Four Powerful Phrases

There’s a quartet of phrases that I use a lot, but which I don’t hear as often as I believe their usefulness justifies.

The first is “I’m open to it.”

I most frequently use this phrase when faced with information or perspectives that don’t resonate with my existing worldview or body of knowledge.

Rather than dismissing something that seems discordant or jarring to me, outright, this phrase helps me express an openness to being convinced that tends to keep conversations going, rather than shutting them down, and it tends to encourage those on the other side of a disagreement to maintain an open mind, as well.

Then there’s “Tell me about that.”

This is an example of what I’ve heard called a “conversational doorknob,” in that it invites the person on the other end to open the door into a full-on discussion, but it also leaves them the option of providing a more concise, summarized explication of whatever it is they’re talking about.

It gives them the opportunity to choose whether to take that next step into a more complex conversation, or not, depending on their preferences, while also being open-ended enough that they can extrapolate in whichever direction they think would be the most meaningful or interesting.

I’m also a big fan of “I don’t know.”

Being capable of admitting ignorance is a strength, not a weakness, and one of the better ways to become more knowledgeable (about information, but also perspectives, experiences, etc) is to make clear that you lack whatever it is you hope to gain, which in turn provides other people an opening to help you.

There are social and sometimes professional incentives (implied or overt) to conceal our ignorance, lest we tarnish our reputations for mastery, but I would argue that those who are willing to admit they don’t know things are more likely to actually be knowledgeable and capable, because those who are unwilling to do so leave a lot of growth opportunities on the table.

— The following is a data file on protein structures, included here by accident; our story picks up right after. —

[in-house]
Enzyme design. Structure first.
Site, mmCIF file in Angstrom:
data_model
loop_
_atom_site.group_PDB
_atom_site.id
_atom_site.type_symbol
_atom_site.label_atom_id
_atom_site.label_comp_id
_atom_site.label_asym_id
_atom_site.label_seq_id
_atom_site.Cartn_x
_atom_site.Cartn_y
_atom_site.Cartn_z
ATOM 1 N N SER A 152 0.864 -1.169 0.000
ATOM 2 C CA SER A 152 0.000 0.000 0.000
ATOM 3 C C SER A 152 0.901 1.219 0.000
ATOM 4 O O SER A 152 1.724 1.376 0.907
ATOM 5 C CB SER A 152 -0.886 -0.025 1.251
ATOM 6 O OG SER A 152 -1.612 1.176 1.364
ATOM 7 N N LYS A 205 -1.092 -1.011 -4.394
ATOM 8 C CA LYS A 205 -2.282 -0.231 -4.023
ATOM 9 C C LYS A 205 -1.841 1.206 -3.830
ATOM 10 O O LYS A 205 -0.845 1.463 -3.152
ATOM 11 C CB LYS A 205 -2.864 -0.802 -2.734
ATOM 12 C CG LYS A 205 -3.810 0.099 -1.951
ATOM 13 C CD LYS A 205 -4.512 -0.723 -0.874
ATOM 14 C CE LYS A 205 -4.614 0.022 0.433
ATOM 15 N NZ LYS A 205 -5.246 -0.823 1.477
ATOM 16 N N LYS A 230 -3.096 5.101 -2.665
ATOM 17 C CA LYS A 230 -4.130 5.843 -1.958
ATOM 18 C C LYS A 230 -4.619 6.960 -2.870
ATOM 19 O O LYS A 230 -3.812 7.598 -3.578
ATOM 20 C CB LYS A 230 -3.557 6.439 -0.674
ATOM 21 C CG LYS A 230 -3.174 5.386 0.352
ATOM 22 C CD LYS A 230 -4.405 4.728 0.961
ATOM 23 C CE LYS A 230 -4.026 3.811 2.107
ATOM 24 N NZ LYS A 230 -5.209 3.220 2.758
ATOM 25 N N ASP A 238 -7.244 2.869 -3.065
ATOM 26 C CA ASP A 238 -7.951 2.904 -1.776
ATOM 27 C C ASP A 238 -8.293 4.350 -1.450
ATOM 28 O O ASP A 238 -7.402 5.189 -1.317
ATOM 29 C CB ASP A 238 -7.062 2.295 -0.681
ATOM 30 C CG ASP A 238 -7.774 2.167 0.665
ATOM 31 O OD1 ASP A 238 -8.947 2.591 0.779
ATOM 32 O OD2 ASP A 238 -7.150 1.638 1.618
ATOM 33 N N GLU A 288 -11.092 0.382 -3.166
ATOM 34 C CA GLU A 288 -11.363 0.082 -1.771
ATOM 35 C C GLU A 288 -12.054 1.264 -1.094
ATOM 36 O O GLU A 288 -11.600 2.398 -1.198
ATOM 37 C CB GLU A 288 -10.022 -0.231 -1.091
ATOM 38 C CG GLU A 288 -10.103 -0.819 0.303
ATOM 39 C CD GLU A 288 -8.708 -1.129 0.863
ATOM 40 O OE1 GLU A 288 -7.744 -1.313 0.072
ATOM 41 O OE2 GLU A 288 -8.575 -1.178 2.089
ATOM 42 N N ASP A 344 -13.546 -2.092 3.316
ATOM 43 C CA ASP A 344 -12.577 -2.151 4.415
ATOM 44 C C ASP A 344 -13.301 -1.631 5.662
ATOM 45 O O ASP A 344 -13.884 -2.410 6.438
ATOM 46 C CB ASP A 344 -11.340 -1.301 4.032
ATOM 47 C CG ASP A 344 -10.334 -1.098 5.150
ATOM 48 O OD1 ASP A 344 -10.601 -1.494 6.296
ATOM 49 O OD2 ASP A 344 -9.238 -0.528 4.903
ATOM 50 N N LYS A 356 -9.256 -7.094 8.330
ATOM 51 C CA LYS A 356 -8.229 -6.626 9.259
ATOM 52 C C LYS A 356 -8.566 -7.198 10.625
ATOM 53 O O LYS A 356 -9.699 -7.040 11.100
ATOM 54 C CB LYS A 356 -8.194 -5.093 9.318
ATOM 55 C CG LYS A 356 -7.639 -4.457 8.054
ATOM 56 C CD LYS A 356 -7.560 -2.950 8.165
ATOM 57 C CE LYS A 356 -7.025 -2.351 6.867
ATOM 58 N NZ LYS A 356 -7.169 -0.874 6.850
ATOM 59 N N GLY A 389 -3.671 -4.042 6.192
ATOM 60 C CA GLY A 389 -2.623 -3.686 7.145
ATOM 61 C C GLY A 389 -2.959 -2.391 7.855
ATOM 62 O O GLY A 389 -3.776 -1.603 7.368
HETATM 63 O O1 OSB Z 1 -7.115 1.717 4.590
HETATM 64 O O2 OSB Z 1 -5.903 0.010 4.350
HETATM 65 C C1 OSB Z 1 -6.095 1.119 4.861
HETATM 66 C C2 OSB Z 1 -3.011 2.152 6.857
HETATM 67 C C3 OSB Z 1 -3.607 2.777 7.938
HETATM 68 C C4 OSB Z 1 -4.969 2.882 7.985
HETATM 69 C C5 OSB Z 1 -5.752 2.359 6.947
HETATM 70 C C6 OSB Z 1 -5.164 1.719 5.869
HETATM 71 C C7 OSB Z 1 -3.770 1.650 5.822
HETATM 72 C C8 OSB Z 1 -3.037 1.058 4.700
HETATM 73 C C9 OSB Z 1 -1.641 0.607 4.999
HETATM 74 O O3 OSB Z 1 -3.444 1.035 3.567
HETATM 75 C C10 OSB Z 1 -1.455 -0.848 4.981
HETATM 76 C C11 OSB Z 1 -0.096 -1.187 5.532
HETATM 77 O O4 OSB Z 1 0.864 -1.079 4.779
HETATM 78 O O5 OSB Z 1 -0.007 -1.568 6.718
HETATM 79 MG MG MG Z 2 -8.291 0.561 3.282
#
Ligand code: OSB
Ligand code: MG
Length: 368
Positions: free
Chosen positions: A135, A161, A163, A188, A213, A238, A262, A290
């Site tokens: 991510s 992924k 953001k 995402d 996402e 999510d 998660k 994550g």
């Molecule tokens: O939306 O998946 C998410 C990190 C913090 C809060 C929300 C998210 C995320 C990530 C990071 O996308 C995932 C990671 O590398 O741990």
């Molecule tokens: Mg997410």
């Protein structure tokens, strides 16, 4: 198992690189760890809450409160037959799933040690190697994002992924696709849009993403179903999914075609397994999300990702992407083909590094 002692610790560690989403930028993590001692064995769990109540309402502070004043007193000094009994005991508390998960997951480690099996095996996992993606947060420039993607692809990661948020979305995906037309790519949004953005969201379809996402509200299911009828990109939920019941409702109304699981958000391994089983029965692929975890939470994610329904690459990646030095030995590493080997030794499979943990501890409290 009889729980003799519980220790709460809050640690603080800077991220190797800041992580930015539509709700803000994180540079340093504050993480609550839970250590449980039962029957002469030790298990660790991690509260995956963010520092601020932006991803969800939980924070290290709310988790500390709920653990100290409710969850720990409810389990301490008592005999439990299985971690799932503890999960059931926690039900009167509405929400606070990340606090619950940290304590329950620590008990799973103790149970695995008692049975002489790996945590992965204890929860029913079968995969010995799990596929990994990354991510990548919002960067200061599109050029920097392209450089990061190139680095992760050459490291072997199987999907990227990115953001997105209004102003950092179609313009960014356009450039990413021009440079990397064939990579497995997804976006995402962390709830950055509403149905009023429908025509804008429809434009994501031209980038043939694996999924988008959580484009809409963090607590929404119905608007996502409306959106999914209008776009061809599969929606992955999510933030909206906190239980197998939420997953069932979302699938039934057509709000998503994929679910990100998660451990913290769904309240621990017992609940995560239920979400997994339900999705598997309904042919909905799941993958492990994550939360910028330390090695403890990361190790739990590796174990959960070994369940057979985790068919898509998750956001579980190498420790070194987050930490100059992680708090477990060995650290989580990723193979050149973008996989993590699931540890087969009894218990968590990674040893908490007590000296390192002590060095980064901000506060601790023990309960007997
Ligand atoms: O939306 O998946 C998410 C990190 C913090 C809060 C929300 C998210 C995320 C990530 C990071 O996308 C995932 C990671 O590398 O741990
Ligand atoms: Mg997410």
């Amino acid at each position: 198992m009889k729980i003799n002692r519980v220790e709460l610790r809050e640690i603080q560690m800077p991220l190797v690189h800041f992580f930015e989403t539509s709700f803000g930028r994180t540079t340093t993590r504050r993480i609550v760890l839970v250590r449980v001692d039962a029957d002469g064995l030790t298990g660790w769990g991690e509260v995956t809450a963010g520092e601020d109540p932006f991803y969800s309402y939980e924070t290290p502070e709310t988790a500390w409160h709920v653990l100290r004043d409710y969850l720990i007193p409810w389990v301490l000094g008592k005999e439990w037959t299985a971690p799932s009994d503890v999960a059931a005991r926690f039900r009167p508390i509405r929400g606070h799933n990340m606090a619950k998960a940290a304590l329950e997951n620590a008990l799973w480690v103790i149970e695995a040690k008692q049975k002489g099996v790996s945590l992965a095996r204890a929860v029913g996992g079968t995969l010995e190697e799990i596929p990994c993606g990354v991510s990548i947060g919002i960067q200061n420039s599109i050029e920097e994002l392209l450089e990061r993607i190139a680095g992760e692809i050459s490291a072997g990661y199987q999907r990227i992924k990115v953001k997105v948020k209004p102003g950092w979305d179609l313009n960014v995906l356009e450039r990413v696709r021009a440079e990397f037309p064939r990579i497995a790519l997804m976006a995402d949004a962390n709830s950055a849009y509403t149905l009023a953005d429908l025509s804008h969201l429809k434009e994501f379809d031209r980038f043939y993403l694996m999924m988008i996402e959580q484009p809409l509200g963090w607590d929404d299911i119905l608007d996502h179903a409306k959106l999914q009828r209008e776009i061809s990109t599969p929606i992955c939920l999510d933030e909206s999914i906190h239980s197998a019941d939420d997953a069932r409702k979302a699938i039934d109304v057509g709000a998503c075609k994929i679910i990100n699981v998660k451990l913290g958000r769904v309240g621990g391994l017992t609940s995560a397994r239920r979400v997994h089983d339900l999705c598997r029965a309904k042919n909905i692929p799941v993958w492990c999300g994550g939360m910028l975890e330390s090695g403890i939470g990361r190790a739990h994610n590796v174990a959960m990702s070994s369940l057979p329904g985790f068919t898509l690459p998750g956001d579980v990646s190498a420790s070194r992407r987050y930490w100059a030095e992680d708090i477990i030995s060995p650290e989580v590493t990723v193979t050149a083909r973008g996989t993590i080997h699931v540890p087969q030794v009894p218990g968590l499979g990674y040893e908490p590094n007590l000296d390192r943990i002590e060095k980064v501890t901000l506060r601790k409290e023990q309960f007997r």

And finally, there’s “I appreciate…”

This one is useful as an alternative to “thank you” (and everyone benefits from more frequent expressions of gratitude), but I get the most mileage out of it when using it instead of “like,” as in “I appreciate how you cropped the image to emphasize this portion of the composition” or “I appreciate how they orchestrated this event.”

I find that many of us casually carve up the world into things we like and don’t like, which can limit us because we then self-define in terms of these preferences, resulting in a self-enforced blindness toward anything positive we might discover in the stuff we don’t like (and the same toward negative aspects of what we like).

Deftly wielding appreciation can help us bypass these self-definition-linked biases, though, encouraging us to find things that were done well in (for instance) a piece of artwork we don’t care for, or in a genre of music that isn’t really our thing.

This helps us avoid closing ourselves off from new discoveries (about the world and ourselves), while also leaving us more open to developing “likes” that aren’t immediately obvious, but which we can discover and cultivate (if we choose to) over time.

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